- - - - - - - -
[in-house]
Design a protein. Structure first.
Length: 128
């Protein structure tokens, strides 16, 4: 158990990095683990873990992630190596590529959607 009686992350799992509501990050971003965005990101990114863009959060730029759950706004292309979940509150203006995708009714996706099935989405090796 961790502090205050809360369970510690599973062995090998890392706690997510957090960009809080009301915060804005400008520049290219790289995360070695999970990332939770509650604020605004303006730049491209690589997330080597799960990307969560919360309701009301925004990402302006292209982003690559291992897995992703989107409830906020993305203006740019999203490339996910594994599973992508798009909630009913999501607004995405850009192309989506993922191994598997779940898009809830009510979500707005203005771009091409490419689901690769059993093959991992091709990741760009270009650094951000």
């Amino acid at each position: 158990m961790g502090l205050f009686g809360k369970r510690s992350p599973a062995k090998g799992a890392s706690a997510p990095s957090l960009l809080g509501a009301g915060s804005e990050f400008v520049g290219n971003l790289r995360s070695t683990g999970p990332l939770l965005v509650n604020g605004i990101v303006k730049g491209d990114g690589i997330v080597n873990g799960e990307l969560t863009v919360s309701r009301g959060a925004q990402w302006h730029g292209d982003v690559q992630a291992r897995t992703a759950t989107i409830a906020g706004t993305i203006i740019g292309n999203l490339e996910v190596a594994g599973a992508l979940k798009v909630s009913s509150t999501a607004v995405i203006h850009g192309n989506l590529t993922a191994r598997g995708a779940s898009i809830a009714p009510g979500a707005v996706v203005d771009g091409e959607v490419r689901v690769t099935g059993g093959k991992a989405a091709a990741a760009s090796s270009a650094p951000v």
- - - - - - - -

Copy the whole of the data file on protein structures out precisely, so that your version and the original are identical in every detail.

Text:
[in-house]
Design a protein. Structure first.
Length: 128
């Protein structure tokens, strides 16, 4: 158990990095683990873990992630190596590529959607 009686992350799992509501990050971003965005990101990114863009959060730029759950706004292309979940509150203006995708009714996706099935989405090796 961790502090205050809360369970510690599973062995090998890392706690997510957090960009809080009301915060804005400008520049290219790289995360070695999970990332939770509650604020605004303006730049491209690589997330080597799960990307969560919360309701009301925004990402302006292209982003690559291992897995992703989107409830906020993305203006740019999203490339996910594994599973992508798009909630009913999501607004995405850009192309989506993922191994598997779940898009809830009510979500707005203005771009091409490419689901690769059993093959991992091709990741760009270009650094951000």
């Amino acid at each position: 158990m961790g502090l205050f009686g809360k369970r510690s992350p599973a062995k090998g799992a890392s706690a997510p990095s957090l960009l809080g509501a009301g915060s804005e990050f400008v520049g290219n971003l790289r995360s070695t683990g999970p990332l939770l965005v509650n604020g605004i990101v303006k730049g491209d990114g690589i997330v080597n873990g799960e990307l969560t863009v919360s309701r009301g959060a925004q990402w302006h730029g292209d982003v690559q992630a291992r897995t992703a759950t989107i409830a906020g706004t993305i203006i740019g292309n999203l490339e996910v190596a594994g599973a992508l979940k798009v909630s009913s509150t999501a607004v995405i203006h850009g192309n989506l590529t993922a191994r598997g995708a779940s898009i809830a009714p009510g979500a707005v996706v203005d771009g091409e959607v490419r689901v690769t099935g059993g093959k991992a989405a091709a990741a760009s090796s270009a650094p951000v």